If you are inclined to enjoy a cold beverage drawn from a cooler on a hot afternoon while you are out in the sun, then you already understand the concept of what an intercooler does.
The process of compressing air elevates the air temperature, sometimes to quite high temperature levels. As air is compressed and driven into the compressor tank the temperature of the compressed air will rise. As the compressor runs longer, the air temperature will become hotter.
In order to deal with the increasing compressed air temperature an intercooler will often be installed in the line between the two cylinders to help cool the air before it is ingested into the next cylinder for further compression. The intercooler improves the compressor's efficiency.
In a multi-stage unit compressor, the air is compressed in succeeding cylinders, getting hotter and hotter along the way. The "ribbed" air lines between cylinders and into the tank on the following Husky compressor are an example of a basic intercooler. The "ribbed" air lines offer more surface to the surrounding air, transferring heat from the air in the line to the atmosphere.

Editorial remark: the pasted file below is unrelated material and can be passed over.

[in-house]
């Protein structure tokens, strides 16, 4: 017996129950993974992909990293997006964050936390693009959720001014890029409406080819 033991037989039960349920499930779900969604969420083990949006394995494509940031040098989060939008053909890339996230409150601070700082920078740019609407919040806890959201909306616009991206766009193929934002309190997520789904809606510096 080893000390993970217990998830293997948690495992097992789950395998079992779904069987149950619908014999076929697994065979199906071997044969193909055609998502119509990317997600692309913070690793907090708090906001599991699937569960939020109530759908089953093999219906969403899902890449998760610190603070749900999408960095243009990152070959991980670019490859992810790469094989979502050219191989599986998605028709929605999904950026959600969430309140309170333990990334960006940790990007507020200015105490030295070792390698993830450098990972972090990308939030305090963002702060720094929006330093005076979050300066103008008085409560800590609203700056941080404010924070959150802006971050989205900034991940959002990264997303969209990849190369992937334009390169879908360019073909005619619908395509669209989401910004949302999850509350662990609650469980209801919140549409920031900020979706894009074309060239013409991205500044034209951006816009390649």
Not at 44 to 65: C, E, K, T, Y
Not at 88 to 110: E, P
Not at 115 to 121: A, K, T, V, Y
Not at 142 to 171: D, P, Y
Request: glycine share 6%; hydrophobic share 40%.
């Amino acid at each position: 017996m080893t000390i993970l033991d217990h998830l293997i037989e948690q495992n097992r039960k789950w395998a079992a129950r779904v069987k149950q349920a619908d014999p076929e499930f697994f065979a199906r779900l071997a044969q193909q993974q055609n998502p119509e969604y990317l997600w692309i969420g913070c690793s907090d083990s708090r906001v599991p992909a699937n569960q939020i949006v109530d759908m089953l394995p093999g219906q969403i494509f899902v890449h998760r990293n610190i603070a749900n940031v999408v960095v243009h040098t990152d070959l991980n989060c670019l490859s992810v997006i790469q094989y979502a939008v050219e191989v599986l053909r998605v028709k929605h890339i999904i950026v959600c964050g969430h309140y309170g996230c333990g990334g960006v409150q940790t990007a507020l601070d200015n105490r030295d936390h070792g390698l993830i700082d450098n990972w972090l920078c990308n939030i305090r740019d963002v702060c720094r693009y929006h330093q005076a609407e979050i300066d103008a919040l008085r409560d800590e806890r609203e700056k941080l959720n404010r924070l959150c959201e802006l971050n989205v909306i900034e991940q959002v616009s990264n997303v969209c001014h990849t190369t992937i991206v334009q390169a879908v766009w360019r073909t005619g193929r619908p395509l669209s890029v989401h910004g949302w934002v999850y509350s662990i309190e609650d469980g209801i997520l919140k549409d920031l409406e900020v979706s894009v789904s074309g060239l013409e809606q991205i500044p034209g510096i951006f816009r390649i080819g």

In air cooling the compressed air will pass through a chamber, on the outside of which, is substantially increased surface area - sometimes called fins - exposed to the ambient environment. The increased surface area will allow the heat inside the compressed air line to move more readily to the surface and to escape into an area of lower temperature.
Cool water will flow around the outside of the air line, quickly taking heat away, and cooling the compressed air rapidly.
The longer the air sits in the compressor tank before use, the cooler that compressed air will get, and the more condensation will take place in the receiver.
That, and frequent draining of collected water through the tank auto drain or manual tank drain, will prevent this condensed water from entering the downstream airline, benefitting all downstream air components that are negatively affected by water.